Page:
Seasonal Affective Disorder AKA S.A.D
Deanna Freed, LMSW, CAADC
Tis the season for celebrations, festivities & gatherings for many, while is the season for human hibernation for others. If you experience a noticeable shift in your mood, decline in energy, appetite changes and reduced overall feeling of well-being during late fall, winter months, you may be experiencing Seasonal Affective Disorder, also referred to as SAD. On the mild side, this is what some refer to as the ‘winter blues’ & is not uncommon; however, SAD can also bring forth a more impairing type of depression that follows a seasonal pattern, specifically in geographical areas that experience a decrease in sunlight during certain times of the year.
Depression is different from intermittent feelings of sadness/feeling down, which most of us will experience at times & is a normal part of our life experiences. SAD or depression is not a sign of personal weakness nor a condition that can be willed or wished away. SAD is reported to be more common among women & can escalate symptoms of depression that may already be present in both men & women. Seasonal Affective Disorder is treatable & there are multiple things we can do to help buffer ourselves as we move through the darker, colder months in Michigan.
How do I know if I am experiencing SAD?
Feeling sad or down throughout the day, more days than not.
Losing interest in previously enjoyed activities.
Low energy, fatigue, sleeping more, not feeling well rested.
Carbohydrate & sugar cravings, overeating, weight gain.
Difficulty completing tasks, anxiety, feelings of agitation, irritability.
Reduced self-care activities, some increased isolation or withdrawal, reduced desire to socialize.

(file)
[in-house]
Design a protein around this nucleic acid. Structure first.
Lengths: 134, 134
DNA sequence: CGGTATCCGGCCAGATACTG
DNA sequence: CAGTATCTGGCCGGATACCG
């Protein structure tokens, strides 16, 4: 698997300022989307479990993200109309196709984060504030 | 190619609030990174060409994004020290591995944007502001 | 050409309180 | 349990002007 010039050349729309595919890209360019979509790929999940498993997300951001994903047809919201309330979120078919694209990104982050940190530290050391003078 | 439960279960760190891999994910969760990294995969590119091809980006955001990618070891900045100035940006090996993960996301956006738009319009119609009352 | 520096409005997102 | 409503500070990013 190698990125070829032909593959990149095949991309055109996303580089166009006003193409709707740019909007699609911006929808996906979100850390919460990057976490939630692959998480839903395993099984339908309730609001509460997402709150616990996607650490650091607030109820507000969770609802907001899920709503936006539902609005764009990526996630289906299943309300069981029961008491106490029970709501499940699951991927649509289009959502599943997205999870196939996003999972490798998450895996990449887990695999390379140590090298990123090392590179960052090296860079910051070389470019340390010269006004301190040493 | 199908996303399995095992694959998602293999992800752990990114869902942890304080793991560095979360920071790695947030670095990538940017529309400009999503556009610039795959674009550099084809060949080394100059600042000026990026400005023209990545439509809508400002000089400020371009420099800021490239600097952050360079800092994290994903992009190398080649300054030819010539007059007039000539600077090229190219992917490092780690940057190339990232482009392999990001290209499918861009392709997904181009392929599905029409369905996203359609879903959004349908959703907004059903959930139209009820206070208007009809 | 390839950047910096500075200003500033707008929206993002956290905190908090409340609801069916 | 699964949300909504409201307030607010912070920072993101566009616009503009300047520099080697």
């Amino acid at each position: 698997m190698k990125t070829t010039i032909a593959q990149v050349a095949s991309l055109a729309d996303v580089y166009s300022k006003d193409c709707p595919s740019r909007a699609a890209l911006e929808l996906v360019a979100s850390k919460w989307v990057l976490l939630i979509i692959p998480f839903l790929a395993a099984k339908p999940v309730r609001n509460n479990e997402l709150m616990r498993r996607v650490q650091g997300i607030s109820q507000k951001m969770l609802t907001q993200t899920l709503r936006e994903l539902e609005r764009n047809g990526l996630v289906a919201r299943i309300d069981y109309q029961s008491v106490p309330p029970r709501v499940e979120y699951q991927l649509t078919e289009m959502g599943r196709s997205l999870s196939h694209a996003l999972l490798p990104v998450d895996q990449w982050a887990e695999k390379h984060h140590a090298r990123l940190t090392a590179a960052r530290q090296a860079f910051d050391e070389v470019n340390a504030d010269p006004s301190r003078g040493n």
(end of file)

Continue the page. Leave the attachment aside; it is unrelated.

Increase in already present depressive/anxiety symptoms.
What causes Seasonal Affective Disorder?
It is believed that our circadian rhythm, also referred to as our biological clock, is a primary factor in SAD because the reduction in sunlight exposure disrupts our circadian rhythm.
Maintaining a functional circadian rhythm is important because it is our body’s signal to initiate certain body processes at various times and intervals during a 24-hour period. (National Library of Medicine, Biotech Information). Circadian rhythms exist in many types of organisms. “For example, they help flowers open and close at the right time and keep nocturnal animals from leaving their shelter during daytime when they would be more exposed to predator”, according to the National Library of Medicine, Biotech Information.
Although there are multiple circadian rhythm functions & a variety of factors that influence it, the sleep-wake cycle is the function being referenced for this content, and the sun/day light is the most powerful influence on this natural life rhythm. Daylight signals the brain to generate alertness, to keep us awake and active. Darkness prompts the brain to produce melatonin, a hormone that promotes sleepiness and then continues this signal throughout the night to help us remain asleep.
Research has shown that there are things we can do to optimize our circadian rhythm (& in effect, reduce impact of SAD):
- Seek out the sun & expose yourself to natural light, especially early in the day whenever possible. When this is not possible, there are natural light devices available known as light therapy boxes. These devices emit a light that mimics sunshine and can help in management of SAD, according to the Mayo Clinic.
- Following a consistent sleep /wake cycle is very important. Going to bed at the same time, getting up at the same time.
- Daily activity, movement/exercise. It does not have to be a formal exercise program; even 15 minutes of movement a day can be beneficial. Housework, walks, yoga, stretches, walking the dog, jumping jacks, etc.
- Limit caffeine and avoid it all together in the later afternoon when possible.